Northwest Passage

Kenneth Roberts

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Northwest Passage

Northwest Passage Told through the eyes of primary character Langdon Towne much of this novel centers around the exploits and character of Robert Rogers the leader of Rogers Rangers who were a colonial force fightin

  • Title: Northwest Passage
  • Author: Kenneth Roberts
  • ISBN: 9780892725427
  • Page: 275
  • Format: Paperback
  • Told through the eyes of primary character Langdon Towne, much of this novel centers around the exploits and character of Robert Rogers, the leader of Rogers Rangers, who were a colonial force fighting with the British during the French and Indian War.Structurally, Northwest Passage is divided into halves The first half is a carefully researched, day by day recreation ofTold through the eyes of primary character Langdon Towne, much of this novel centers around the exploits and character of Robert Rogers, the leader of Rogers Rangers, who were a colonial force fighting with the British during the French and Indian War.Structurally, Northwest Passage is divided into halves The first half is a carefully researched, day by day recreation of the raid by Rogers Rangers on the Indian village at Saint Fran ois du Lac, Quebec or Saint Francis, to the Americans troops , a settlement of the Abenakis, an American Indian tribe The second half of the novel covers Rogers later life in London, England and Fort Michilimackinac, Michigan Roberts decision to cover the novel s material in two distinct halves followed the actual trajectory of Rogers life.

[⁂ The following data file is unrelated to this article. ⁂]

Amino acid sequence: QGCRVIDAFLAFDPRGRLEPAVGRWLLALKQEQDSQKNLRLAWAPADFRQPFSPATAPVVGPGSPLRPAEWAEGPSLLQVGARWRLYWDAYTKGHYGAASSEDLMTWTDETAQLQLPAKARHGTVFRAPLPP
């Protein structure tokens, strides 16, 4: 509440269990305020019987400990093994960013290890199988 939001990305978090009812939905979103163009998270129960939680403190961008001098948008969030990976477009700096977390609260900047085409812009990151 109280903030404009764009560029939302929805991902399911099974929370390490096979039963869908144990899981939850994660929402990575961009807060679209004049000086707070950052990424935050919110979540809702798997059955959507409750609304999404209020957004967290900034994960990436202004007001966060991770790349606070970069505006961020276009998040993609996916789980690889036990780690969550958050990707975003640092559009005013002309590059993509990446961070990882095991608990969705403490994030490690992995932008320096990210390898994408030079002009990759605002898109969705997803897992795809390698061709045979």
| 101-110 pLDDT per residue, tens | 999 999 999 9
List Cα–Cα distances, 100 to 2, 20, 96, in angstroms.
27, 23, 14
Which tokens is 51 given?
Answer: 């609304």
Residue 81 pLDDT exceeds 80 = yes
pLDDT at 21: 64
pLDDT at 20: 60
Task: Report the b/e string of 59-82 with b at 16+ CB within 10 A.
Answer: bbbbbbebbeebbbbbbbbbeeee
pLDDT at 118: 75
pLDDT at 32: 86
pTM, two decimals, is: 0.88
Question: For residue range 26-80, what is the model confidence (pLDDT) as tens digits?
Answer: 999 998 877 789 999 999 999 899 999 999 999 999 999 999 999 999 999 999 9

• Best Read [Kenneth Roberts] ↠ Northwest Passage || [Thriller Book] PDF ´
      275 Kenneth Roberts
    • thumbnail Title: Best Read [Kenneth Roberts] ↠ Northwest Passage || [Thriller Book] PDF ´
      Posted by:Kenneth Roberts
      Published :2018-06-22T02:46:58+00:00

    One thought on “Northwest Passage

    1. Paul Brogan on said:

      Not being terribly familiar with North America, especially that of the wild days of the late 18th century, just before the American War of Independence, I read this book with an open atlas at my elbow. This enabled me not only to read a ripping and entertaining yarn, or three, of adventures and endurance, but also learn lots about the geography and history of those times. This alone gave me enormous satisfaction.The title is somewhat deceptive. The Northwest Passage, as I understand it, was the [...]

    2. Ray De on said:

      I read Northwest Passage for the first time when I was ten and my mom picked it up at a garage sale. I then proceeded to read everything else by Roberts I could find. Why do I still believe the books still stack up so well over time? First, Roberts was a historian and a rigorous one. His command of history and detail is immense and complex. Also, he does not present early American history as peopled only by noble settlers and bloodthirsty Indians and selfless leaders. He portrays the good and ba [...]

    3. ^ on said: